There's something I love about irony.
If you ask an evangelical protestant Christian why they are not Catholic, they'll probably have a short list of things that they perceive as being somehow wrong with the Catholic Church. Now, I don't have a source for much of what I'm going to say here, only personal experience from having now lived a fair portion of my life among Protestants, you'll just have to take my word for it if you're not in the same sorts of social circles in which I tend to find myself.
What's wrong with the Catholic Church? Well, it tends to boil down to authority. Maybe it's an American thing, since the U.S. is a country that was largely founded on the rejection of supposed divine authority, but there is this feeling that it is clearly wrong to have a person (a.k.a. The Pope, or maybe your local priest) who tells you what to think when it comes to spiritual matters. The Church (I'll henceforth use a capital "C" when referring to the Catholic Church) apparently has all these rules that you have to follow. The Bible has a specific meaning that the Church teaches; worship is done in a style that the Church dictates; communion, baptism and various other rituals are carried out with a specified liturgy the Church prescribes; etc. Sure, there are other issues, but aside from a few deeper theological issues that most people don't really fully understand anyway, most of it boils down to the fact that rather than a free church in which we all are equals and exist on the same level, the Church has this complicated hierarchy of authority figures that dictate every aspect of your faith life.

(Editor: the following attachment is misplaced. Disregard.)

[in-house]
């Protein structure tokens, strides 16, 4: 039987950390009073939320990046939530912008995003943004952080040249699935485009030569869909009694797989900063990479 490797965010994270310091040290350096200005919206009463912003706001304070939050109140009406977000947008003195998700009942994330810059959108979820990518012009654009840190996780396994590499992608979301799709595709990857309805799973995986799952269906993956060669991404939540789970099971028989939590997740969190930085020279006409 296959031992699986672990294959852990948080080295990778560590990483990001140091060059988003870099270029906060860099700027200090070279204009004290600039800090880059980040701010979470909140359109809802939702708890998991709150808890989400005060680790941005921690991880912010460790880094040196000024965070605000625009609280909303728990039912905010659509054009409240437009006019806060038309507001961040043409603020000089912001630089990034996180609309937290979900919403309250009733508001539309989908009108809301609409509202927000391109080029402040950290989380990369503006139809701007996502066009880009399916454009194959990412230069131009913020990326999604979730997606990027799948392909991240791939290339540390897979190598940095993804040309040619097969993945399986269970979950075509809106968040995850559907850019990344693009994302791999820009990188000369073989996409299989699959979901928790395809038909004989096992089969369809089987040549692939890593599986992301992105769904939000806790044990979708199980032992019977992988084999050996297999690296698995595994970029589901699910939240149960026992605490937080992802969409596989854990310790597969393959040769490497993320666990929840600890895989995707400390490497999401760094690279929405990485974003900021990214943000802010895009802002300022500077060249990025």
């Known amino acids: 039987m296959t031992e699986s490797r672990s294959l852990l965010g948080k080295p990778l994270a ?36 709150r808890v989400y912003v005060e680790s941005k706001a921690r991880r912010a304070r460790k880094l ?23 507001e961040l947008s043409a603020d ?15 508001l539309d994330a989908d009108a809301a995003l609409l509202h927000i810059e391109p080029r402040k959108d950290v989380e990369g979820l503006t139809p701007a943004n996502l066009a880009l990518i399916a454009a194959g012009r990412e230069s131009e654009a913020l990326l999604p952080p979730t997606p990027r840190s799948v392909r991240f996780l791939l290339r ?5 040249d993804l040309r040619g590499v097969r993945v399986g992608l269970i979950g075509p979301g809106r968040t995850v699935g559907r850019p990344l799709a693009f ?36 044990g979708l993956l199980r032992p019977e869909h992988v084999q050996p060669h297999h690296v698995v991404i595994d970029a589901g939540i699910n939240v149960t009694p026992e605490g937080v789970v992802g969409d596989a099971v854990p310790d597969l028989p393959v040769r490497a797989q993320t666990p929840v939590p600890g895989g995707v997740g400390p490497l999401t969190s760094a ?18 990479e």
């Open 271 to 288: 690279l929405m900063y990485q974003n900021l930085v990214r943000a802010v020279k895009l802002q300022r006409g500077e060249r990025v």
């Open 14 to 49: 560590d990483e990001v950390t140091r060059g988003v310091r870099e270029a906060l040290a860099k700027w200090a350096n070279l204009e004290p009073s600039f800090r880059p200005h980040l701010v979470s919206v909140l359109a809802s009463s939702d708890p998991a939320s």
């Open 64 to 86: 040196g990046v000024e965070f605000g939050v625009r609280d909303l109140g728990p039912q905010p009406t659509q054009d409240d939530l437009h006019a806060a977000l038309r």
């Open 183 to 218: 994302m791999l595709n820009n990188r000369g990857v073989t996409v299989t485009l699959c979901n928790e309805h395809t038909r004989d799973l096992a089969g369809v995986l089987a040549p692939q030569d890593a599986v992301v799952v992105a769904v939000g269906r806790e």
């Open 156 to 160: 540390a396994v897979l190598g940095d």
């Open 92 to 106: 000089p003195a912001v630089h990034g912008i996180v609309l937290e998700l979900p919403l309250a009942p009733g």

The irony in this all is that in the end, most of our evangelical protestant churches have discarded this sort of structured hierarchy in return for a hidden, more vaguely-defined one. Even early on in my experience as a Christian, the first church I ever attended had special meetings to welcome newcomers into their congregation. I actually remember very little about those classes except for one thing that I thought odd at the time. The pastor who was running the class repeatedly informed us, in an odd manner that seemed proudly sly, that "At this church..." (subtle dramatic pause) "...we don't wear ties!" Apparently having grown up in a much more formal church, this guy was very interested in this fact, and seemed to be sure that everyone else would be as well. Big whoop, right?